We had a fantastic talk about international communications from the speaker’s own perspective as a technical programme manager for a major multinational company which is responsible for large proportion of global internet traffic. Rob heads the company’s data centre internationally. After Tapton school and a degree from Salford University, he worked for BT Global Services, Bovis (as part of the team developing Meadowhall and the Manchester Arena) and, more recently, as IT Director for pharmaceutical company Wyeth before moving to California. A real Sheffield success story!
The first transatlantic submarine telephone cable was laid in 1858 but it was a century later before a connection was established across the Pacific. The world’s first telegram was sent by Queen Victoria to the USA president in 1868. The difference now is a fibre optic cable replacing the 19th century copper core insulated by a fat sealant, reinforced and made watertight at great depth by steel, hessian and tar.
Submarine cables are preferred to satellite for telecommunications because of far greater transmission speeds (100ms latency) and the need for two-way traffic. Sky, on the other hand, needs just one-way traffic for global TV transmission, and satellite is ideal. The 600ms latency for TV doesn’t matter. Light travels very fast through glass (100ms across the Atlantic through fibre optic cable) and is ten times quicker than by satellite, where much greater distances through space are involved. Bandwidth denotes capacity (think of the impact the number of motorway lanes has on traffic flow).
Internet traffic is growing by 2 per cent per annum and will have doubled by 2021. At present 4.3 million YouTube videos, and nearly 4m WhatsApp messages shoot round the globe every minute of the day! Extra capacity is needed (and being planned) for 50 per cent of the rest of the world not yet connected to the internet (perhaps worrying when you think how ancient cultures were changed for ever once “civilisation” intruded … Tahitians, Sub-Saharan Africans, Aborigines, Indigenous Americans etc, etc).
There are numerous constraints to laying underwater cables; hostile weather, deep salt water up to 9,000 metres, fishing, wildlife, mountainous sea beds, tectonic plate shift and shark bites (even attacking cables). High tech survey ships gauge the depth, topography, slope, angles, sea bed type and then cable routes are established. The need for occasional retrieval for repair adds to the level of engineering expertise required. There are 45 cable-laying ships globally and owned by Tyco (who incidentally in my time were also manufacturers of surgical stapling devices very familiar to your blogger, and which will have fired multiple staples into at least one or two of our Probus members’ innards). Some 100 pans of cables are in the hold of the cable ship, taking about a month to load, but sufficient to allow complete laying over a single voyage. At $80,000 a day (millennium prices) the expense of running cable ships is enormous. Ploughs dragged behind the ship cut trenches into the sea bed into which cables are protected in places where they would be vulnerable if left exposed, particularly close to shore.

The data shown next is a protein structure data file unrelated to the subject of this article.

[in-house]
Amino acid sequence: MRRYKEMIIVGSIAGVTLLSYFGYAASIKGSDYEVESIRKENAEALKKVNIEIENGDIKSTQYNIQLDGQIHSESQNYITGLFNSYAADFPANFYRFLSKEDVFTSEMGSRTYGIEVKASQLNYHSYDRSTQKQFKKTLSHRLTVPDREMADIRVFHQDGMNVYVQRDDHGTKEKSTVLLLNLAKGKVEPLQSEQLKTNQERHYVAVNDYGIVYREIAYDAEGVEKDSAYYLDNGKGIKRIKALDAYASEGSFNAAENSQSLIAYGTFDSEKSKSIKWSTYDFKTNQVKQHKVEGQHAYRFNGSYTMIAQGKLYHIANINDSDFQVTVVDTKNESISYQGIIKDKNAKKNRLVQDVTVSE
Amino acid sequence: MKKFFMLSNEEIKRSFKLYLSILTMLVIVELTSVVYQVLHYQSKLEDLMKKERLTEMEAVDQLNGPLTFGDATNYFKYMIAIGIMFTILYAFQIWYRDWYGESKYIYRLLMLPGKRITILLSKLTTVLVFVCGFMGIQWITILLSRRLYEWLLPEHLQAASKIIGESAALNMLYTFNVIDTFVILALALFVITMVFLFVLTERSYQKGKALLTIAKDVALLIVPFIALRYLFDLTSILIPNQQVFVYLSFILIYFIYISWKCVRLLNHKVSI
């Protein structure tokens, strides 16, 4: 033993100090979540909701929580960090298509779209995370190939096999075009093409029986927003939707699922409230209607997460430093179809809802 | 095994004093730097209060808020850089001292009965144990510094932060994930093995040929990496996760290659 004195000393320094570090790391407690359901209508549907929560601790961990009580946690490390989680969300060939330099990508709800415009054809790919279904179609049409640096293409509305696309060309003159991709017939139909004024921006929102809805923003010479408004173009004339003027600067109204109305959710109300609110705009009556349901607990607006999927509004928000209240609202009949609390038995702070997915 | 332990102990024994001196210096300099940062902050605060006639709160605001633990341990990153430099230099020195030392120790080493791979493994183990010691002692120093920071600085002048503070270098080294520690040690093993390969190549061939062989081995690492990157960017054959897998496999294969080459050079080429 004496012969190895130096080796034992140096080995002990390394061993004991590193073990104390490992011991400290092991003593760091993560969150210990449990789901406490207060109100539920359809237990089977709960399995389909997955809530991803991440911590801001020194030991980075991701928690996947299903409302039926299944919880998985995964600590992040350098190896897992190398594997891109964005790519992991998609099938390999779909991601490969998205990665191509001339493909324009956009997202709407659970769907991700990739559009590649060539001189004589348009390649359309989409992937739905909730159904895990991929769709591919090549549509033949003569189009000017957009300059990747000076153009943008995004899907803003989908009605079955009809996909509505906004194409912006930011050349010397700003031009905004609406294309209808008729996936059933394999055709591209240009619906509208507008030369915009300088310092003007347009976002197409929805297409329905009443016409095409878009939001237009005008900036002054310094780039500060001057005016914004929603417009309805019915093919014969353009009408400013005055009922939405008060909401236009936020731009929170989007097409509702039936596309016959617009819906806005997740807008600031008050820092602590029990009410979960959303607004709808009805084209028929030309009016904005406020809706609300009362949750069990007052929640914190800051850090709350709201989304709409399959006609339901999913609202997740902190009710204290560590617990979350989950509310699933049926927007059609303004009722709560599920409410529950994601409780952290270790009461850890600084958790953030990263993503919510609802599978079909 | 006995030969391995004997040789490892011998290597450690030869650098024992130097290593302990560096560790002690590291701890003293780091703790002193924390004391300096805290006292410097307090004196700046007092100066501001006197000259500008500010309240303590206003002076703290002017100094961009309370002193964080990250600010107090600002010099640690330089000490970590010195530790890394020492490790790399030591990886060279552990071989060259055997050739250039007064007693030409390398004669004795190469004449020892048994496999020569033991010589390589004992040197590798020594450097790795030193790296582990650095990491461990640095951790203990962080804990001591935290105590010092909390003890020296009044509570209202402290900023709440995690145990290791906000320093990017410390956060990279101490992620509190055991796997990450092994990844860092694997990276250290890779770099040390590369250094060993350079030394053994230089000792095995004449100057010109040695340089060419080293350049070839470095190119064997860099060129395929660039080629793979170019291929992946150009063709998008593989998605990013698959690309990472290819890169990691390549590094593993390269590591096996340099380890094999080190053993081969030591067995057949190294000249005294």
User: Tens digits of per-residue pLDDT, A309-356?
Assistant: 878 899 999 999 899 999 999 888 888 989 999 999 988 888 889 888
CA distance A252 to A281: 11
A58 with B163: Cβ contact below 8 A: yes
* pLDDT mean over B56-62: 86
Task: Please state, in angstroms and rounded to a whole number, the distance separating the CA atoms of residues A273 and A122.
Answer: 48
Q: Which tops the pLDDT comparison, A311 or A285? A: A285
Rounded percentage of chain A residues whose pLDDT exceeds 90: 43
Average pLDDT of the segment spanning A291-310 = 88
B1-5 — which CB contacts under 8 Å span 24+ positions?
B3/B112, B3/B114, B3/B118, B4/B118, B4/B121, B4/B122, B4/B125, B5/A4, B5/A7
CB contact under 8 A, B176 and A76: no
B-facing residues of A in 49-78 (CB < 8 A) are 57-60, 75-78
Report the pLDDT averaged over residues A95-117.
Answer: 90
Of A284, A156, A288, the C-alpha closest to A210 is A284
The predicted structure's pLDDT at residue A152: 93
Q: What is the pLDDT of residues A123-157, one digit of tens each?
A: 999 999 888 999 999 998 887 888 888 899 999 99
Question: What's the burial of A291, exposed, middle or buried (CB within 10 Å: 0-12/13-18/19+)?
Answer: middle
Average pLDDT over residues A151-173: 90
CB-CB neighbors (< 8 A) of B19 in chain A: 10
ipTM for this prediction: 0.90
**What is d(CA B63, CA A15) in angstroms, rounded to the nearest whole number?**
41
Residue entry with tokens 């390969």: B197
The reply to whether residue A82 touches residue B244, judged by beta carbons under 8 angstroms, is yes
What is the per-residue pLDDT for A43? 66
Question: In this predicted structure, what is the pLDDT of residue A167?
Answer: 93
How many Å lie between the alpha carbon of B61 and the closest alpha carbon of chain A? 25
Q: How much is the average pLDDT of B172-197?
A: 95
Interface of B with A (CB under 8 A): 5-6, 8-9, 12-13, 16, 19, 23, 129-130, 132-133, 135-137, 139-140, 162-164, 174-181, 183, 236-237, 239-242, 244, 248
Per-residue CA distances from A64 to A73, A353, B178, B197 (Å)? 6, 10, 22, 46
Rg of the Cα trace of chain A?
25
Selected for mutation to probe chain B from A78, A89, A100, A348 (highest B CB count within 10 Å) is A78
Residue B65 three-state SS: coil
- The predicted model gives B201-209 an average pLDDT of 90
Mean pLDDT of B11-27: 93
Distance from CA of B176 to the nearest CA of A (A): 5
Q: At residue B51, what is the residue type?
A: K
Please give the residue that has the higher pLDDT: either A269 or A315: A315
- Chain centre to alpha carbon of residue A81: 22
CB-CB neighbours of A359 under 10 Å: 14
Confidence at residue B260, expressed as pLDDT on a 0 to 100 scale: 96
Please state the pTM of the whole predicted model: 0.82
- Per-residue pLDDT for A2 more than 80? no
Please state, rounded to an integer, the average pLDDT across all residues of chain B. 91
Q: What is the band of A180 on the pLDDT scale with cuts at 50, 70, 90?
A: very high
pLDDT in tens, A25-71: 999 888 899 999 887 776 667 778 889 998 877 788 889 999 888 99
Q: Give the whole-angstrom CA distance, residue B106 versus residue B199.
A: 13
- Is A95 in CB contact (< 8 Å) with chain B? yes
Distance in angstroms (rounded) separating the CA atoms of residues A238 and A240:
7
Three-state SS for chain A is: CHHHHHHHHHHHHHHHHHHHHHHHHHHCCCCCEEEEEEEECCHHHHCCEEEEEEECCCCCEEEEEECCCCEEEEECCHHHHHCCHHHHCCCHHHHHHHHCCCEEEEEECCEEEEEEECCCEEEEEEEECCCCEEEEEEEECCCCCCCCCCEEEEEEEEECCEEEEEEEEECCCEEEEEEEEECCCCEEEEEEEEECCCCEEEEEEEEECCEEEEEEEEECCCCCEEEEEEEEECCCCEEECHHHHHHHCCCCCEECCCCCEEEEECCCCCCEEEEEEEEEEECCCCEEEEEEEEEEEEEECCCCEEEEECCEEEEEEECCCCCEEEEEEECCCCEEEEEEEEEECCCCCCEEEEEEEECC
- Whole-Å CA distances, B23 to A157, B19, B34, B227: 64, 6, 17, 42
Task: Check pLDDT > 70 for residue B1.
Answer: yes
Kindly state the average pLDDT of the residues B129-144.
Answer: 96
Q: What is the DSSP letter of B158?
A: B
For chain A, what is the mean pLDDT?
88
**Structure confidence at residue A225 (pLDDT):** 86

Ships carry a remote vehicle which can descend to 2,500 metres either to repair cable on the sea bed or retrieve the affected segment for repair while elevated and suspended by a series of buoys. Ships are very manoeuvrable so they can cope with precision cable lifting and laying, particularly in adverse conditions. Nearby ships are warned to stay a mile clear to avoid collision with the cables as they are lifted.
Some 10 or 11 cable stations (BMHs) are dotted around the UK coastline where beaches are gently sloping, and under constant surveillance. At 50-metres intervals along the cable are amplifiers. These are powered with several thousand Kv running through insulated copper cables incorporated into the fibre optic assembly. The joints are vulnerable to damage. We saw a cross-sectional example of a typical fibre optic cable and watched several excellent videos of its manufacture Cable is ‘armoured’ where it is exposed to heavy shipping, such as in the Suez Canal. Cable positioning is intricate, particularly near the shore, where the ship needs to anchor while the cable is lowered. Laying speeds are variable: 0.2km/hr (expensive) for armoured segments when divers are in the water and up to 8km/hr (cheaper) when automated in open water.
A key stakeholder is the fishing industry. Mutual co-operation is advantageous to both. Fishing boats are used for surveys in their own locality, which is lucrative for the fishermen, and cables can be sited away from their fishing grounds, thereby lowering the risk of snagging by abandoned fishing gear and anchors cut free in bad weather or from dredging. Most of the risks are close to shore from fishing (75 per cent), dredging, and anchors. Seismic activity accounts for five per cent. A damaged cable drifting away can be located by voltage shift and its position is constantly surveyed. Cables get bitten by sharks, and we had an amazing video demonstration of this. The latest generation of cables are privately and often jointly owned, due to enormous capital costs involved. Cables fail after 20 or 25 years due to obsolescence, repairs or the hostility of the environment.